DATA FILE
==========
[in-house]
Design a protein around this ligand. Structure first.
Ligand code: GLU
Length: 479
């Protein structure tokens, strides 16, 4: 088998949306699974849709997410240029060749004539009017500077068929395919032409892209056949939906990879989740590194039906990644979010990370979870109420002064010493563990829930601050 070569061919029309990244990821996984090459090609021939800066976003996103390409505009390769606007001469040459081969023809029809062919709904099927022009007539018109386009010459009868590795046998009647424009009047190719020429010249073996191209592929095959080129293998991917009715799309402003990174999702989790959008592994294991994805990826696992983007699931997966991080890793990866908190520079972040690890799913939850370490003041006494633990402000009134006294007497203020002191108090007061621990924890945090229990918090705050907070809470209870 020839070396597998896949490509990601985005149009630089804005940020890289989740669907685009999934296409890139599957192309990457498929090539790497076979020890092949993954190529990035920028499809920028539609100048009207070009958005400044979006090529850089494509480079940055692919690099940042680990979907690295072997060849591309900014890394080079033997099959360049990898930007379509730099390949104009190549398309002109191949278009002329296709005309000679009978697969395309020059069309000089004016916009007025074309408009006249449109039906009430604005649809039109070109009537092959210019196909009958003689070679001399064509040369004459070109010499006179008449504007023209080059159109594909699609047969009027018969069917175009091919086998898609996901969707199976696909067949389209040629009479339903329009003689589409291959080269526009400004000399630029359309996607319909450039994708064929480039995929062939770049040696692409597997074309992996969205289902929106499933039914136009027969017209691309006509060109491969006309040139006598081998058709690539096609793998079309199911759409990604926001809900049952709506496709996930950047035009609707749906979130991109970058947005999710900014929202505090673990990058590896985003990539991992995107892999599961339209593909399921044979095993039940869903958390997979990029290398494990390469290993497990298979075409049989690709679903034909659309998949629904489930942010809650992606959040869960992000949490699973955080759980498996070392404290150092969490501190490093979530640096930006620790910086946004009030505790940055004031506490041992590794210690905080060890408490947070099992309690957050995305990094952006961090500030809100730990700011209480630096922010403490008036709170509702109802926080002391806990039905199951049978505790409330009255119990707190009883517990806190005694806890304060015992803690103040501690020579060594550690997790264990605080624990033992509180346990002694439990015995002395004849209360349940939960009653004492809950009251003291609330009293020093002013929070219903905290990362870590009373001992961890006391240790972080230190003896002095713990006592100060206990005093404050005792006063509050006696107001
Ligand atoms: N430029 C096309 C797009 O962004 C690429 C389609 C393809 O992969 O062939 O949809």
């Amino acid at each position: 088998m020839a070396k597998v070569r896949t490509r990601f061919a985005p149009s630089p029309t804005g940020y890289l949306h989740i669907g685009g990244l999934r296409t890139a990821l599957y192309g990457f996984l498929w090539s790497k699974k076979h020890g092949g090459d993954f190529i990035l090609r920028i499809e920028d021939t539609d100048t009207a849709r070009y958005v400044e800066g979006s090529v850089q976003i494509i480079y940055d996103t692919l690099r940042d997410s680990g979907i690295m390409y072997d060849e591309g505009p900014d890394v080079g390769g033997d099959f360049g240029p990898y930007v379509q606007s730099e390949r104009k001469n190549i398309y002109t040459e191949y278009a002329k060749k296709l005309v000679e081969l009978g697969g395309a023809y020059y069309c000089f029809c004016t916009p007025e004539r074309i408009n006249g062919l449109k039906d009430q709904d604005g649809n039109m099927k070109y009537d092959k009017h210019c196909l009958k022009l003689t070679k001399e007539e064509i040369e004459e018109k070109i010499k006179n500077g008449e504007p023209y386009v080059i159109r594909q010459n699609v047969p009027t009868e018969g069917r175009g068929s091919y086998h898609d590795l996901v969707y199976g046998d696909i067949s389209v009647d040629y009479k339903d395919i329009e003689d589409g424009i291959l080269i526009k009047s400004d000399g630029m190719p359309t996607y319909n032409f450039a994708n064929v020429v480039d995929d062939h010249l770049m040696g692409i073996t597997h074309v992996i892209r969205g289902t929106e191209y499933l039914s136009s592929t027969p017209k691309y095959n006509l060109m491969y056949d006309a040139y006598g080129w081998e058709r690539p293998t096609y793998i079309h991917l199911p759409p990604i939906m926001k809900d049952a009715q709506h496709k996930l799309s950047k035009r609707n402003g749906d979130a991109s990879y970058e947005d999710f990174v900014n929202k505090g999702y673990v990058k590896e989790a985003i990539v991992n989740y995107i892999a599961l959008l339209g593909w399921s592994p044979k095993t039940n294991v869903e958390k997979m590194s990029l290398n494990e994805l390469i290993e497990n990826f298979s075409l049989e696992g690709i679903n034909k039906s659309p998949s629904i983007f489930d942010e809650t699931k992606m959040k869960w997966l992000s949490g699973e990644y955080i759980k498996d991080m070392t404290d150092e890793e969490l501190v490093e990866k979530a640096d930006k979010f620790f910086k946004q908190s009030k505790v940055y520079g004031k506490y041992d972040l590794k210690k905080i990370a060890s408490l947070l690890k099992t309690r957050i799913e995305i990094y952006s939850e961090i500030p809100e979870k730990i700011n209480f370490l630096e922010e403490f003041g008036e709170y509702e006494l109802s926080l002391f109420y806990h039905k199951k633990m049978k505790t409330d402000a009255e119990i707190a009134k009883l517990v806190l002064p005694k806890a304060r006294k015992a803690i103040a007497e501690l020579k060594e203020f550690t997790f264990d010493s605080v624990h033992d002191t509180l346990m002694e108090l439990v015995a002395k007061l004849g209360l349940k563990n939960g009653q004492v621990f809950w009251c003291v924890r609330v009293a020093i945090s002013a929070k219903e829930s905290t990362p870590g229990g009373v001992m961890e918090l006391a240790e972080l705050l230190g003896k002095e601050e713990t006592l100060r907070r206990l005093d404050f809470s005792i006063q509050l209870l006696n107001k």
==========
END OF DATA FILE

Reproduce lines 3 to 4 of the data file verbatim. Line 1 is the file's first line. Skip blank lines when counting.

Ligand code: GLU
Length: 479